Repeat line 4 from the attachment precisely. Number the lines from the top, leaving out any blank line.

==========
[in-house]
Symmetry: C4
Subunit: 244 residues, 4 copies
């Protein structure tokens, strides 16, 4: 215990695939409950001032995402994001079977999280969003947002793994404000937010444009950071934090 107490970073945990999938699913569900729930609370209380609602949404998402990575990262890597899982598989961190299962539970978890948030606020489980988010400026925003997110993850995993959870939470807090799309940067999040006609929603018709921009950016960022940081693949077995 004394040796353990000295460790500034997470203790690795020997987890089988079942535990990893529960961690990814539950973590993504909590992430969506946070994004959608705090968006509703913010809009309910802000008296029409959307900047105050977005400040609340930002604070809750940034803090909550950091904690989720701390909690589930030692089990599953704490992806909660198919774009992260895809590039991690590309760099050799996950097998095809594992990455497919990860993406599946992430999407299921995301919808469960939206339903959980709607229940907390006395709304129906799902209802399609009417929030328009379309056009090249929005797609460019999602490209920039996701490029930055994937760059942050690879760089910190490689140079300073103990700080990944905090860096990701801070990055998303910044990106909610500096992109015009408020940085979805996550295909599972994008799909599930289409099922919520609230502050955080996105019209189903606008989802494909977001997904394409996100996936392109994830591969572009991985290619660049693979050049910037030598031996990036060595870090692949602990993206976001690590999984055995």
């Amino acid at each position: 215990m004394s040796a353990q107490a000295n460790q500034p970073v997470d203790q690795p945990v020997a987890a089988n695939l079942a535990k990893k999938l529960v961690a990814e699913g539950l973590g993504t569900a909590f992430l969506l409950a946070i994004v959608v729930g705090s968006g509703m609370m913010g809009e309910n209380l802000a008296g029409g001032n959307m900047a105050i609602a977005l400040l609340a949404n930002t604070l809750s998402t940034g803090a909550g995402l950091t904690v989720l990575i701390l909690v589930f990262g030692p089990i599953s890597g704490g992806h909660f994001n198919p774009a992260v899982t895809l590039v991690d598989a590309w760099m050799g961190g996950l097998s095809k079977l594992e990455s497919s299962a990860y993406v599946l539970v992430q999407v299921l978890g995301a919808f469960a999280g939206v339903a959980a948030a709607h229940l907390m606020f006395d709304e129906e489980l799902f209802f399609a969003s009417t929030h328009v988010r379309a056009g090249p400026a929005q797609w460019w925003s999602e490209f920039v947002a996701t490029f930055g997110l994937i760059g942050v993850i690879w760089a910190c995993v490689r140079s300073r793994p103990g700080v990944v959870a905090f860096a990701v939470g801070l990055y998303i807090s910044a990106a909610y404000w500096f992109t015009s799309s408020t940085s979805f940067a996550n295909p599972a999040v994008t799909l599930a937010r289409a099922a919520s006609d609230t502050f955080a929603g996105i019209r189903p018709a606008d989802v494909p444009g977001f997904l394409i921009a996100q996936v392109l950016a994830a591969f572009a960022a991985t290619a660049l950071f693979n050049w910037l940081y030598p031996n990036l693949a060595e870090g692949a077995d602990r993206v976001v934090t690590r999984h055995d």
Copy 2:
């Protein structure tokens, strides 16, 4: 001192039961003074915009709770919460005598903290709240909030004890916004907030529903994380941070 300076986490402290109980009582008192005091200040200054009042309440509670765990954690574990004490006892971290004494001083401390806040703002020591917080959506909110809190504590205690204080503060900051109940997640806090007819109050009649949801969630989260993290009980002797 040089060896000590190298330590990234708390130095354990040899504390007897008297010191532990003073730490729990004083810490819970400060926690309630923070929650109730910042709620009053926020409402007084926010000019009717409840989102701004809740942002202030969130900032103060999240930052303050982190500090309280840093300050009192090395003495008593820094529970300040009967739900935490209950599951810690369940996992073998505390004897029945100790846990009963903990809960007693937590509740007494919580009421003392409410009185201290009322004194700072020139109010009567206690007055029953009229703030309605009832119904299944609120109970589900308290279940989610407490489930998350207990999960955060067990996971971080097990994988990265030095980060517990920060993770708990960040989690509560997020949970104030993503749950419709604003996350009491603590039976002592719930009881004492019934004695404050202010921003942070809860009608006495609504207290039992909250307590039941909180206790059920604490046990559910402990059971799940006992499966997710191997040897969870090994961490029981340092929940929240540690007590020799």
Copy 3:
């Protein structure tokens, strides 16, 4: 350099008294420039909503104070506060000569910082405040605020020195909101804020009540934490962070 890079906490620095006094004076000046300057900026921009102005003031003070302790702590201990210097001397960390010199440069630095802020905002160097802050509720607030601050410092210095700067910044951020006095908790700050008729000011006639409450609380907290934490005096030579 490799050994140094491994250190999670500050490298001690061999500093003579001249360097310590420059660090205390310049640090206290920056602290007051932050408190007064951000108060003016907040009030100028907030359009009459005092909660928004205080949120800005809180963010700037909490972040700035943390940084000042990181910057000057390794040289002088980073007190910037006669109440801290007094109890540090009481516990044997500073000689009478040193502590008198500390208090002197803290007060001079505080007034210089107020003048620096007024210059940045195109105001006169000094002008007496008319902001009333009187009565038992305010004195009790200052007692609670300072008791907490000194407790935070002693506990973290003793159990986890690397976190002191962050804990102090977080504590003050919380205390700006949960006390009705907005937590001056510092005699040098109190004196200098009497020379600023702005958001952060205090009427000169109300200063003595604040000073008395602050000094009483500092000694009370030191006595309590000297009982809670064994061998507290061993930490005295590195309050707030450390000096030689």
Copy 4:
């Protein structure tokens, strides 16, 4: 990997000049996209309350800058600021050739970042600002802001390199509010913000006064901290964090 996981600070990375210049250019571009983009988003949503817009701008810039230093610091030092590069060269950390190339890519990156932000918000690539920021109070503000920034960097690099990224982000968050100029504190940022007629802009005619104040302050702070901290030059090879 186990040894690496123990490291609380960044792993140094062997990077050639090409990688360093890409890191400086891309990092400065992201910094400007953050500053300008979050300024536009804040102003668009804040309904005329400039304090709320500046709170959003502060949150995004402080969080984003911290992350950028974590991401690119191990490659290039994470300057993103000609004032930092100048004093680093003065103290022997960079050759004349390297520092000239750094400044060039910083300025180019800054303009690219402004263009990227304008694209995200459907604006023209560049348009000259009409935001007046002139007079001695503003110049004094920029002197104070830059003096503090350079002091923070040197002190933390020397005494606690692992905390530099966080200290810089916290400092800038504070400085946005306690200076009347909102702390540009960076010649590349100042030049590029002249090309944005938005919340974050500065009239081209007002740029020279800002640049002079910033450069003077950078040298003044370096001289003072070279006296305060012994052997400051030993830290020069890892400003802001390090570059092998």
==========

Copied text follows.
């Protein structure tokens, strides 16, 4: 215990695939409950001032995402994001079977999280969003947002793994404000937010444009950071934090 107490970073945990999938699913569900729930609370209380609602949404998402990575990262890597899982598989961190299962539970978890948030606020489980988010400026925003997110993850995993959870939470807090799309940067999040006609929603018709921009950016960022940081693949077995 004394040796353990000295460790500034997470203790690795020997987890089988079942535990990893529960961690990814539950973590993504909590992430969506946070994004959608705090968006509703913010809009309910802000008296029409959307900047105050977005400040609340930002604070809750940034803090909550950091904690989720701390909690589930030692089990599953704490992806909660198919774009992260895809590039991690590309760099050799996950097998095809594992990455497919990860993406599946992430999407299921995301919808469960939206339903959980709607229940907390006395709304129906799902209802399609009417929030328009379309056009090249929005797609460019999602490209920039996701490029930055994937760059942050690879760089910190490689140079300073103990700080990944905090860096990701801070990055998303910044990106909610500096992109015009408020940085979805996550295909599972994008799909599930289409099922919520609230502050955080996105019209189903606008989802494909977001997904394409996100996936392109994830591969572009991985290619660049693979050049910037030598031996990036060595870090692949602990993206976001690590999984055995």